Differentiation: The key to great ideas

There exists two kinds of ideas in the world; both important. The first kind builds on existing ideas. It takes what is already there and extends it – it’s either making it simpler, cheaper, faster, more efficient or bundling many uses into one. These ideas exist all around us, be it in the form of metal straws, inexpensive technology, or the million things that form a part of our everyday life. Without them, the world would likely have been slower, more complex, expensive and cluttered. These ideas form the backbone of the workplace.

Then there are the big bold ideas. The ideas that are the butt of ridicule and skepticism; the ones that draw strength from the frowns and dismissals. However, these are the ideas that push the world forward not in the form of tiny incremental steps but in big bounds. These ideas are much harder to come by, often dismissed in early stages and that much harder to pull through.

Last month, I wrote about backcasting. While backcasting is an important aspect of big ideas, today we’ll discuss another. Differentiation. Differentiation is the common thread that runs through both kinds of ideas referred above.  These ideas are different in how they solve a problem, different in who it serves, etc. Good ideas usually have multiple differences. However, the key to finding the best ideas is to understand which differences lead to long-term competitive advantage. Basing your innovation purely on making something cheaper, or bundling offerings is short term thinking as it’s easy to replicate. The good ideas are these and much more. And the best ideas are so inventive there’s just no comparison.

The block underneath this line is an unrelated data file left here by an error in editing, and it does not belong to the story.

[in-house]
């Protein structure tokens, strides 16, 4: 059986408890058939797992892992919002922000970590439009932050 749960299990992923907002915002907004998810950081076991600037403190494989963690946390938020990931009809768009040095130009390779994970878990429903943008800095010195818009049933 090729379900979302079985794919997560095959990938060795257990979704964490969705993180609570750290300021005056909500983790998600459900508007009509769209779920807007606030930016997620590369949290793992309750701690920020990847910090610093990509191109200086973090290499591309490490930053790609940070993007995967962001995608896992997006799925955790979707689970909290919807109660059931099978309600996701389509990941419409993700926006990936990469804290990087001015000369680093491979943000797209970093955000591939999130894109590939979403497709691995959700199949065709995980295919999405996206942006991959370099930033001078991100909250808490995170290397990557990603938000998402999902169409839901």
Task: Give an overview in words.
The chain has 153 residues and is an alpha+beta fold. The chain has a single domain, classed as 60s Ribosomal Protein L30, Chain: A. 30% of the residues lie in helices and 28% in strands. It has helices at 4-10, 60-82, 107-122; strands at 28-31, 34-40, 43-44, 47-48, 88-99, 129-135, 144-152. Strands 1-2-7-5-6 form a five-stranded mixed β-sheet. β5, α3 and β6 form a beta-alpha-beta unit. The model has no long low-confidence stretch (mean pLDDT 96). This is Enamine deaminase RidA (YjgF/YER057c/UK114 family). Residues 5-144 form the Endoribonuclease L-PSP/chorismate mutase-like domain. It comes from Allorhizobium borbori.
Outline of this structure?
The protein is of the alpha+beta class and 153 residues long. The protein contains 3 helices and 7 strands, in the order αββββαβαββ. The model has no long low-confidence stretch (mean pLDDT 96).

Here are some differentiating factors to think of:

  • New capability or approach.  A brand new technology or process for doing something is, of course, always promising big-thinking, but it is also rare. A creative approach to solving a problem can be just as impactful. Take for example building manager capability. It is a problem multiple organizations have tried to solve for years but continues to show up in the top priority list of things to solve for. Maybe it is time to throw out everything we know about it and find a brand new approach to a chronic old problem.
  • New application of existing technology. Sometimes taking a technology or approach to solving a problem that is operating in one space and applying it to a whole new area can create something entirely new. It doesn’t have to be technology, it could be an approach too. Think of gamification as a problem to areas we never thought of before. How about taking what we learnt from implementing it in hiring and learning and apply it to performance management, compensation, product needs analysis and more?
  • New customer needs. Until a few months ago, customers didn’t need strategies for managing in a global pandemic. It’s unfortunate to be ideating these things in real time, but looking for inflection points can help get ahead of the curve to identify new needs. Everyone is busy finding ways to engage employees by bumping up the time they spend in front of their screen. Almost every new learning or entertainment form is via videos, calls and the like. Almost everyone would like to cut down on screen time. How about taking the need of staying off screens yet staying connected to form an innovative solution?

There’s a reason why highly differentiated solutions are hard to come by. It is because they are tougher to arrive at. The easier path is to take something that exists and make it cheaper, faster and so on. Maybe there is a reason why HR is moving at the pace it is. Almost every innovation in this space is built on top of another. Maybe it is time to change gears and take innovation up a couple of notches.


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